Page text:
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Using Objects in Static Recurring Processes

Cory Hartford
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Joined: May 16, 2011
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Hi folks; I have kind of a design/philosophical question (I think )

Lets say that I have a timer that I'd like to turn on and off at will from any portion of my program. The timer fires and activates an external peripheral via a socket connection. The two ways I have found to do this are to:

1) Make the timer static and use wait() and notify() statically.

and in an effort to try and make this OO

2) Create a new Timer object each time I want to activate the timer. And use wait() to terminate it. Instantiate it again when I need it.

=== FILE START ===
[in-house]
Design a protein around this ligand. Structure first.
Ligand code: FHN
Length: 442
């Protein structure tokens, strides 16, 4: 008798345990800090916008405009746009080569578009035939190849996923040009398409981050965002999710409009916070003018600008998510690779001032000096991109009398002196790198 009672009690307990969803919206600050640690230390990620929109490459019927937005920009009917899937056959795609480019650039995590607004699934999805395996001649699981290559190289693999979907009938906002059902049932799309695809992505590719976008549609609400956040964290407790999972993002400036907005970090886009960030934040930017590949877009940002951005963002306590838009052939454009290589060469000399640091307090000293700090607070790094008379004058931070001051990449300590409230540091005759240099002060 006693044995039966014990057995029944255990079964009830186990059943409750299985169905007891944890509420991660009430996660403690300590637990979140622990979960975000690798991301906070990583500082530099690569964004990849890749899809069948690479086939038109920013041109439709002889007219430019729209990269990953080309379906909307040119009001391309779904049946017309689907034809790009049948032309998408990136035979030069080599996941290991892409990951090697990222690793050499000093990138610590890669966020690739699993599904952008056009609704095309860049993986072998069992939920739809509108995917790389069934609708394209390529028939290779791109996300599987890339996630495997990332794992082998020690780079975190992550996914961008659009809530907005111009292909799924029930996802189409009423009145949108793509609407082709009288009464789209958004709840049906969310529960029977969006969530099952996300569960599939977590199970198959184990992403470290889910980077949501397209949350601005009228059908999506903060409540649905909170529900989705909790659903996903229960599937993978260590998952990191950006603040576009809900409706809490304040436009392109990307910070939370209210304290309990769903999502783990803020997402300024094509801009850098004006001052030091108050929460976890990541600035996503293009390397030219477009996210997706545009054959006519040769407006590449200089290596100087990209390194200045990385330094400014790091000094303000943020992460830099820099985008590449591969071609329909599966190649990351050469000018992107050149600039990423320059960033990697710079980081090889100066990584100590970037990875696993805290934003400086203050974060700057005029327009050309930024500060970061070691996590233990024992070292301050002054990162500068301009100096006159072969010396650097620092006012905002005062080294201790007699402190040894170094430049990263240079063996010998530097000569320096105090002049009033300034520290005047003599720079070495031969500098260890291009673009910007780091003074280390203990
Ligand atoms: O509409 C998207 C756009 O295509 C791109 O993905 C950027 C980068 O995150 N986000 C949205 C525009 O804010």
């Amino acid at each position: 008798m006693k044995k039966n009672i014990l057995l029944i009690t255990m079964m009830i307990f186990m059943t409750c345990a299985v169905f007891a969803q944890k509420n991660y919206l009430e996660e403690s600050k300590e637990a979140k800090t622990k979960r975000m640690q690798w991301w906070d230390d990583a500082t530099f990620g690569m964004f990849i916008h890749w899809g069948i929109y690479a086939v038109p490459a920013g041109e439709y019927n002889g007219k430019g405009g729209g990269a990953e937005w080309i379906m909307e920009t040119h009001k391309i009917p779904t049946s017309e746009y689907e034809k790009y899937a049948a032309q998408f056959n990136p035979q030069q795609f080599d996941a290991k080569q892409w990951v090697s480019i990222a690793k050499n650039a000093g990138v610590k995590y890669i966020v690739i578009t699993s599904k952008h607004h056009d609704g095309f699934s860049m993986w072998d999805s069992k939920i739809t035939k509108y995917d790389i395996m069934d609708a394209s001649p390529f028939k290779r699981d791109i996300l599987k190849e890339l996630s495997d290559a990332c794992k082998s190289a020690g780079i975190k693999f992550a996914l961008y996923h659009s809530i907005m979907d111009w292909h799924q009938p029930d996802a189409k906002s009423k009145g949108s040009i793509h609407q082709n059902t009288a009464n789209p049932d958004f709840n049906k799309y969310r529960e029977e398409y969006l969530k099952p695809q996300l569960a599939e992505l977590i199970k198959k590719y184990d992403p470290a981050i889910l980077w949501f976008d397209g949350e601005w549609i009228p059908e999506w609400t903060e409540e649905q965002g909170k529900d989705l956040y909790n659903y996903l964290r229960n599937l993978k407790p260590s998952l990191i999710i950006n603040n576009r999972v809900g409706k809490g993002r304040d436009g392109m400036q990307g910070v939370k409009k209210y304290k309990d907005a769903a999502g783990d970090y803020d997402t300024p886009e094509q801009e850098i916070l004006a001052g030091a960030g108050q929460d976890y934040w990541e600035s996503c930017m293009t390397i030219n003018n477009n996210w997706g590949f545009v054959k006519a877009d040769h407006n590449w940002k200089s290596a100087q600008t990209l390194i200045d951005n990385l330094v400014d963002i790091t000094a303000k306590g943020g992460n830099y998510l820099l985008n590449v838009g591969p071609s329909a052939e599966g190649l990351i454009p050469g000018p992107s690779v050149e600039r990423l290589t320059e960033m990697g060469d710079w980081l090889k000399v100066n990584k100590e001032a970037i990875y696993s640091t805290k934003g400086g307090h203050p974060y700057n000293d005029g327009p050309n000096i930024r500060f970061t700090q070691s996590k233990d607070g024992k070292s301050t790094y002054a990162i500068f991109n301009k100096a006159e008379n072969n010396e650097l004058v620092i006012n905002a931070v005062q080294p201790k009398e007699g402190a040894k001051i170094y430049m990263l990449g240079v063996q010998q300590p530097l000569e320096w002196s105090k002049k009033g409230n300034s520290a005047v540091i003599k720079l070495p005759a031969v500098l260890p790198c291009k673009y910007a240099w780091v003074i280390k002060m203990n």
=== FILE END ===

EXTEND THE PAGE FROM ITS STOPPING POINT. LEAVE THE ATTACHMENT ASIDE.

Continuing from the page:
Number 1 works well; but I am not sure that is best practice in an OO design. Number 2 scares me because it seems like I am leaving a bunch of threads in wait that never get woken up.

So, I am thinking that there is a 3rd option I am not considering. This is probably indicative a bigger gap in my knowledge regarding the way threads should be used. In the example above, I use a timer which can be made static. In the example of a runnable class this doesn't work because threads can't be static.

Anyway, hopefully I've made my self clear. Thanks for any help you guys can provide.


‎"The greatest of all weaknesses is the fear of appearing weak." - JB Bossuet
Hunter McMillen